You are right, driving has nothing to do with carbs . . . I guess I drifted there a bit.
What I do feel strongly about is people who try to keep their blood sugar too low, which can obviously cause drving problems. Part of that is eating less carbs and/or taking too much insulin. Yes, a balance is needed there.
What a great discussion this is! I've just read the whole thing, from the beginning, and I am deeply, deeply impressed not only by the breadth of knowledge, but also by the compassion and modesty.
I have only a few things to contribute. Jenny Rhul has a calculator at Blood Sugar 101 that converts A1cs to BG in mg/dl or mmol/L. Fill in any one value and it will give the other two--very useful!
I calculate my Standard Deviation for my BG on my Excel spreadsheet--which is where I keep my records of my BG, carb intake and insulin use. Excel will figure out the SD for a range of numbers, so I don't have to. My control is pretty good these days. I can see that from the list of numbers and don't really need the SD to tell me. But if I have a low or a high, then the SD will increase. It's useful to me to see how much difference that makes overall, but I suspect this is most meaningful because I tend to have the same pattern for testing my BG from day to day. It's not as good as a pump, of course, because I have to do every test myself. The numbers that interest me most these days are my BG before bedtime and when I get up in the morning. If those two numbers are the same or very close, I feel good because I know that my BG was very stable all night long.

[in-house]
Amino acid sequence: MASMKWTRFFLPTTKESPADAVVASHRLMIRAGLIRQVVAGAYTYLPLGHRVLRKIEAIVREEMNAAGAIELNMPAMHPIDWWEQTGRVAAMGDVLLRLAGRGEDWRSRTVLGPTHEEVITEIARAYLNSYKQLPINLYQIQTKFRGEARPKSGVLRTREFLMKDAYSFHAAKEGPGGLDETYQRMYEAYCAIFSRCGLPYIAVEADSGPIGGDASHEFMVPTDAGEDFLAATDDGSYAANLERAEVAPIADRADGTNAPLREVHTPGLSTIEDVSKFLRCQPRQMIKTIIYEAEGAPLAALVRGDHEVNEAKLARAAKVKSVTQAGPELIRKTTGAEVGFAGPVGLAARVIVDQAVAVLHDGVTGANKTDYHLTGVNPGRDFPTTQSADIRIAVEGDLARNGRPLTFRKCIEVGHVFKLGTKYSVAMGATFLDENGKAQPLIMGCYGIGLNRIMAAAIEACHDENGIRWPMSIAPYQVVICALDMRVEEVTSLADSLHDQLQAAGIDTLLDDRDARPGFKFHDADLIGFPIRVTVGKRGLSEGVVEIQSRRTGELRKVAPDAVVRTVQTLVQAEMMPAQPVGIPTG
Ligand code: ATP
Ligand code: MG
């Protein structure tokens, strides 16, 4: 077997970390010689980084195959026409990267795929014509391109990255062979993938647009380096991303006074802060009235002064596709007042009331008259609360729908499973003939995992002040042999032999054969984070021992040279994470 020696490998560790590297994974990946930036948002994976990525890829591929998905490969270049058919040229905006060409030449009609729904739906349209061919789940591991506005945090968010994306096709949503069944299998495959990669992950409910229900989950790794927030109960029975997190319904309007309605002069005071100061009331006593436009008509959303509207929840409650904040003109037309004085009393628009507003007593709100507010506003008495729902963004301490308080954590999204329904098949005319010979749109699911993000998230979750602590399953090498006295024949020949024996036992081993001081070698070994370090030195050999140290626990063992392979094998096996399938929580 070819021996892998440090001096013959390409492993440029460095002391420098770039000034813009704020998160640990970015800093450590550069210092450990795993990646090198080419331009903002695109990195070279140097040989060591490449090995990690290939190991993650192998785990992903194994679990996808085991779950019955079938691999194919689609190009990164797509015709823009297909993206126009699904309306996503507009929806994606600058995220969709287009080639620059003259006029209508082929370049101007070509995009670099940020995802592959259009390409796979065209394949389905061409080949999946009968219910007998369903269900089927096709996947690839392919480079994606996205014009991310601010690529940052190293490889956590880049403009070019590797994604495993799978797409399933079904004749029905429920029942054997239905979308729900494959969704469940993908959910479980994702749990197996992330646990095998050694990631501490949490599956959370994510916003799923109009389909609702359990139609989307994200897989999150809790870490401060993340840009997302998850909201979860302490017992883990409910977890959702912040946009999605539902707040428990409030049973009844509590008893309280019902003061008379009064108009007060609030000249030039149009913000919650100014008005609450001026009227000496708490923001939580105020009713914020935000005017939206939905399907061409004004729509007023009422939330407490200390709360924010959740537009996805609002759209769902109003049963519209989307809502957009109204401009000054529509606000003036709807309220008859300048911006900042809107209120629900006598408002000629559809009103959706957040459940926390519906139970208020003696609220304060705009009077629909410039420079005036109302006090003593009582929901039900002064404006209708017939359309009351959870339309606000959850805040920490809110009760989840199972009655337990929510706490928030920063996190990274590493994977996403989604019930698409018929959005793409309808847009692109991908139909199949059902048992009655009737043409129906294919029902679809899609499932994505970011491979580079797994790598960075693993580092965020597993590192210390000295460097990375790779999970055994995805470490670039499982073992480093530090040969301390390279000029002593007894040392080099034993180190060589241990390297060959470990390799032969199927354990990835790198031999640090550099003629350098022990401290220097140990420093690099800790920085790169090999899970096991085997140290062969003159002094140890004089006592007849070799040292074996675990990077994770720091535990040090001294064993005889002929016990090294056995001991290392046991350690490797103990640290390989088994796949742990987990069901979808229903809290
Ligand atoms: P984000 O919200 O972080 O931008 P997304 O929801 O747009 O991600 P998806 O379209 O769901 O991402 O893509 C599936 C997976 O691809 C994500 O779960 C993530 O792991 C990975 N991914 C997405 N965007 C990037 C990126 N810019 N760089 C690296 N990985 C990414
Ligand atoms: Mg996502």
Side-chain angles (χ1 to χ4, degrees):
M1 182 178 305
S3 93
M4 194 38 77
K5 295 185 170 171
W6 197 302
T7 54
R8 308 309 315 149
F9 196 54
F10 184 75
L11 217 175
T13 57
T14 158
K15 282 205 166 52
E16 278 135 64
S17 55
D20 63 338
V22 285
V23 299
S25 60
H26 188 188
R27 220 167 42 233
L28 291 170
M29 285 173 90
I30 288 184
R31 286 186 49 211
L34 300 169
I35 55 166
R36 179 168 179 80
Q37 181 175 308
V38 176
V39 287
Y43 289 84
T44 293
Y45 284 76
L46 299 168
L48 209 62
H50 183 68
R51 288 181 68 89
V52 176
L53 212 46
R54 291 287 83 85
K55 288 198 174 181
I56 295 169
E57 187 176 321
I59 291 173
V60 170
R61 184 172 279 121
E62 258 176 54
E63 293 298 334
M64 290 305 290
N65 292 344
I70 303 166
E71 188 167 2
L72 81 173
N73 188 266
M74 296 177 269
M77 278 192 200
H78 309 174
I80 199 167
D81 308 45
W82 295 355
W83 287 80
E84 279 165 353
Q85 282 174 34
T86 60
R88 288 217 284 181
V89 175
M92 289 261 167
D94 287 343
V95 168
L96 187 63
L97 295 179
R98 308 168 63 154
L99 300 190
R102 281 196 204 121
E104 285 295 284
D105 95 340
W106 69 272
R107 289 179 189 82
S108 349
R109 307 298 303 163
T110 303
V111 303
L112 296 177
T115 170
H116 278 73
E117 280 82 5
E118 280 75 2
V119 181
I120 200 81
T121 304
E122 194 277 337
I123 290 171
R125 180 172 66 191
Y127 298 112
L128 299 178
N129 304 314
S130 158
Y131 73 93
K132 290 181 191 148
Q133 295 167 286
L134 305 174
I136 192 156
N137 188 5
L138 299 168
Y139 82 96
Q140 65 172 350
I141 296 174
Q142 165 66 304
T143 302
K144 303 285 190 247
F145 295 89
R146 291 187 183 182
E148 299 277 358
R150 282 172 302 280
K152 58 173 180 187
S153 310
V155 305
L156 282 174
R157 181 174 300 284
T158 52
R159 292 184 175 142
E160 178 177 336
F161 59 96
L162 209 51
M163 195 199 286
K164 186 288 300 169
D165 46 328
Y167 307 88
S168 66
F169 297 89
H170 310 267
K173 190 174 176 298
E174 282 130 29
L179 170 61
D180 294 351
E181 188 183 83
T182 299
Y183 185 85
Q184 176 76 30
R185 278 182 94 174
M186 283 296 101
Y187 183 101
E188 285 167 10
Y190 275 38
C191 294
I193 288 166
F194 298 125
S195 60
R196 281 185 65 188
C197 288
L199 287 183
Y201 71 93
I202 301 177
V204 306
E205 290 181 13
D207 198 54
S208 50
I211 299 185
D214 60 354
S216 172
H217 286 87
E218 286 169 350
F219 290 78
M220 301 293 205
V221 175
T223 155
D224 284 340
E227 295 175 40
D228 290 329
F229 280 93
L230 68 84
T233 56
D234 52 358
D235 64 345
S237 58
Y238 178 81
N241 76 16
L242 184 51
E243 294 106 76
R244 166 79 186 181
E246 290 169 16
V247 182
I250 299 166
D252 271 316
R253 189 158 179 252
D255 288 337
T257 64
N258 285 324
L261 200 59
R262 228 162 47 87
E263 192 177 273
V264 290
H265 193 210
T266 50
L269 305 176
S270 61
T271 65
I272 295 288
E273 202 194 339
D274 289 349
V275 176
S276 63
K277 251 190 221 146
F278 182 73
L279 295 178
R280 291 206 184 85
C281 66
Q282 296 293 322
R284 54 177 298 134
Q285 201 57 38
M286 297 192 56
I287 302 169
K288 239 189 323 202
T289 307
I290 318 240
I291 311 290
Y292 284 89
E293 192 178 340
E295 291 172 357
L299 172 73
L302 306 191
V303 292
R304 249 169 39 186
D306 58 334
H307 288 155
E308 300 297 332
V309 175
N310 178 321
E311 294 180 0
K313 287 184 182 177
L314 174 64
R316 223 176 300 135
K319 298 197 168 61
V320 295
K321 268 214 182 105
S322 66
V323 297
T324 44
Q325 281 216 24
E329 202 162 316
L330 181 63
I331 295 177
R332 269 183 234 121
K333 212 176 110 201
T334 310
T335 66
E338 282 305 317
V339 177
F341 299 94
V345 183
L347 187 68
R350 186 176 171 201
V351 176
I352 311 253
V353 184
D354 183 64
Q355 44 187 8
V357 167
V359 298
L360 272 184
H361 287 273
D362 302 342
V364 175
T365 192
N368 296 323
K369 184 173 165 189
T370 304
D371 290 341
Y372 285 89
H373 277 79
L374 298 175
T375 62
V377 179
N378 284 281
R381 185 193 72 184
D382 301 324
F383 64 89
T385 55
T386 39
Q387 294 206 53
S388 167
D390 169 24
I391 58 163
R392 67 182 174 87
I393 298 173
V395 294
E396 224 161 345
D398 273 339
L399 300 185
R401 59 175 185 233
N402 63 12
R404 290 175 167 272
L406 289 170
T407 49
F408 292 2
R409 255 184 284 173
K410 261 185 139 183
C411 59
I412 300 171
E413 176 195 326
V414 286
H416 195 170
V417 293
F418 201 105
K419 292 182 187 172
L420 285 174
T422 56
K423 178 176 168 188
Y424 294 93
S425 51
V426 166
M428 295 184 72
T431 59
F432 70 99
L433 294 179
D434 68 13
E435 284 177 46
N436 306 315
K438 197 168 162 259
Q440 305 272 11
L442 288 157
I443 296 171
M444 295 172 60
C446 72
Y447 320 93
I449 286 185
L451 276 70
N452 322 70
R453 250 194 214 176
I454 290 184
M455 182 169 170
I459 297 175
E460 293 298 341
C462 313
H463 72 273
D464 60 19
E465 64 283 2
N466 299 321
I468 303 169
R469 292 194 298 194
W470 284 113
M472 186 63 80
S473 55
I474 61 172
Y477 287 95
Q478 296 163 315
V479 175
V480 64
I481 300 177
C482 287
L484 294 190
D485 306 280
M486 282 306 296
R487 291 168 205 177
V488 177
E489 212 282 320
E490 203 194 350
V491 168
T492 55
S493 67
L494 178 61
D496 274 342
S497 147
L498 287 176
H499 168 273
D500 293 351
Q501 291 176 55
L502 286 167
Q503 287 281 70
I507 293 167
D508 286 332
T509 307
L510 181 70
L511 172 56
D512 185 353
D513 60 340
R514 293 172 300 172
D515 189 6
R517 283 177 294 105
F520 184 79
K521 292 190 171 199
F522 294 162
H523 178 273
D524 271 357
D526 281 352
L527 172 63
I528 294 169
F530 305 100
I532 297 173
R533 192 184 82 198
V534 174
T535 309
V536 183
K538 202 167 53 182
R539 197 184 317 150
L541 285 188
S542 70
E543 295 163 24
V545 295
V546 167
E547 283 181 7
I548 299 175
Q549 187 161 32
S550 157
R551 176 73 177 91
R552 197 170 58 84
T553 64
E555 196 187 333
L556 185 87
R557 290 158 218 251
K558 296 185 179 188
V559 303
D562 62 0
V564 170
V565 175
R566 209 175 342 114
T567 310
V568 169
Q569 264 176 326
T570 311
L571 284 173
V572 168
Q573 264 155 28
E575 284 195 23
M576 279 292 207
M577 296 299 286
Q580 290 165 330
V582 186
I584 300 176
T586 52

A1cs can be in the normal range for many reasons, as we've noted already. That's why the number can't be relied upon all by itself. For me, the A1c is a general measure of my progress over the last couple of months. I was only dx'd in October so a steadily lowering A1c is proof that what I've been seeing on my meter is pretty accurate and that means that I'm doing a lot of things right. I'm happy with that.
Low carbing nearly always works for people who are trying to bring their BG down. Bernstein's way of eating will do it if someone is willing to give it a try. A lot of people can eat more carb than he advises and still maintain excellent BG control without gaining weight. I think that's absolutely fantastic and I am happy to cheer for them. I don't follow Dr. B to the letter, but the general direction he describes does work for me and I'm grateful to him for it. For me, 30g of carbs is plenty every day. But I'm 53 years old and have a fairly sedentary life. I walk a couple of miles every day, sometimes more, but I'm not and don't have any plan to be an athlete. If I were a lot more active, I might need to increase the amount of carb I eat, but I'm not sure. I might only need to increase the amounts of protein or fat. I don't plan to make this experiment, though things could change in the future.
In the end, the thing we all need to do is whatever works for us. Clearly there's no single, magic answer and no high, golden road to perfect control and complication-free life.